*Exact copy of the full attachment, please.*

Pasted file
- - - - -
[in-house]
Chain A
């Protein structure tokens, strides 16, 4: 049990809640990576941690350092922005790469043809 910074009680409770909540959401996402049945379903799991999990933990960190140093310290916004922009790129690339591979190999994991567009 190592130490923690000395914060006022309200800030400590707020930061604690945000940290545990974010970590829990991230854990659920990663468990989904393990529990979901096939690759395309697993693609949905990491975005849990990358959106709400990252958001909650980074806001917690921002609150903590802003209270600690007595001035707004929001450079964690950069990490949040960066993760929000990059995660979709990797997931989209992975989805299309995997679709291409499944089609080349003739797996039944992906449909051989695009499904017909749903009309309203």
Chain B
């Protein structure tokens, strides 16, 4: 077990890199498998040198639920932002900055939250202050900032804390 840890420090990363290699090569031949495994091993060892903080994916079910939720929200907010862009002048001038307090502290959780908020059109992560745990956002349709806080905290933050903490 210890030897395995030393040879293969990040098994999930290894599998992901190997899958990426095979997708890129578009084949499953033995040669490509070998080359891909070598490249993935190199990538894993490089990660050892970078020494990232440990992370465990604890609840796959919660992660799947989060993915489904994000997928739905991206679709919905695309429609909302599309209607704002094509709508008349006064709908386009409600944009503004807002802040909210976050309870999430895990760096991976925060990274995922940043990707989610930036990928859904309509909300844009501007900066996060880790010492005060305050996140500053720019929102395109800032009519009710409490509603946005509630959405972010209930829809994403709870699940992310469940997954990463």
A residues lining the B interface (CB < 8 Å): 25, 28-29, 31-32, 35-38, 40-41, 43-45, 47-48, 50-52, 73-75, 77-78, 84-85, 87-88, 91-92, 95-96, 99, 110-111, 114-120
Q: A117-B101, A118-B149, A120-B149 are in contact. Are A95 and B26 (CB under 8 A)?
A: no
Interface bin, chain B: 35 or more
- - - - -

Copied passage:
[in-house]
Chain A
């Protein structure tokens, strides 16, 4: 049990809640990576941690350092922005790469043809 910074009680409770909540959401996402049945379903799991999990933990960190140093310290916004922009790129690339591979190999994991567009 190592130490923690000395914060006022309200800030400590707020930061604690945000940290545990974010970590829990991230854990659920990663468990989904393990529990979901096939690759395309697993693609949905990491975005849990990358959106709400990252958001909650980074806001917690921002609150903590802003209270600690007595001035707004929001450079964690950069990490949040960066993760929000990059995660979709990797997931989209992975989805299309995997679709291409499944089609080349003739797996039944992906449909051989695009499904017909749903009309309203």
Chain B
């Protein structure tokens, strides 16, 4: 077990890199498998040198639920932002900055939250202050900032804390 840890420090990363290699090569031949495994091993060892903080994916079910939720929200907010862009002048001038307090502290959780908020059109992560745990956002349709806080905290933050903490 210890030897395995030393040879293969990040098994999930290894599998992901190997899958990426095979997708890129578009084949499953033995040669490509070998080359891909070598490249993935190199990538894993490089990660050892970078020494990232440990992370465990604890609840796959919660992660799947989060993915489904994000997928739905991206679709919905695309429609909302599309209607704002094509709508008349006064709908386009409600944009503004807002802040909210976050309870999430895990760096991976925060990274995922940043990707989610930036990928859904309509909300844009501007900066996060880790010492005060305050996140500053720019929102395109800032009519009710409490509603946005509630959405972010209930829809994403709870699940992310469940997954990463």
A residues lining the B interface (CB < 8 Å): 25, 28-29, 31-32, 35-38, 40-41, 43-45, 47-48, 50-52, 73-75, 77-78, 84-85, 87-88, 91-92, 95-96, 99, 110-111, 114-120
Q: A117-B101, A118-B149, A120-B149 are in contact. Are A95 and B26 (CB under 8 A)?
A: no
Interface bin, chain B: 35 or more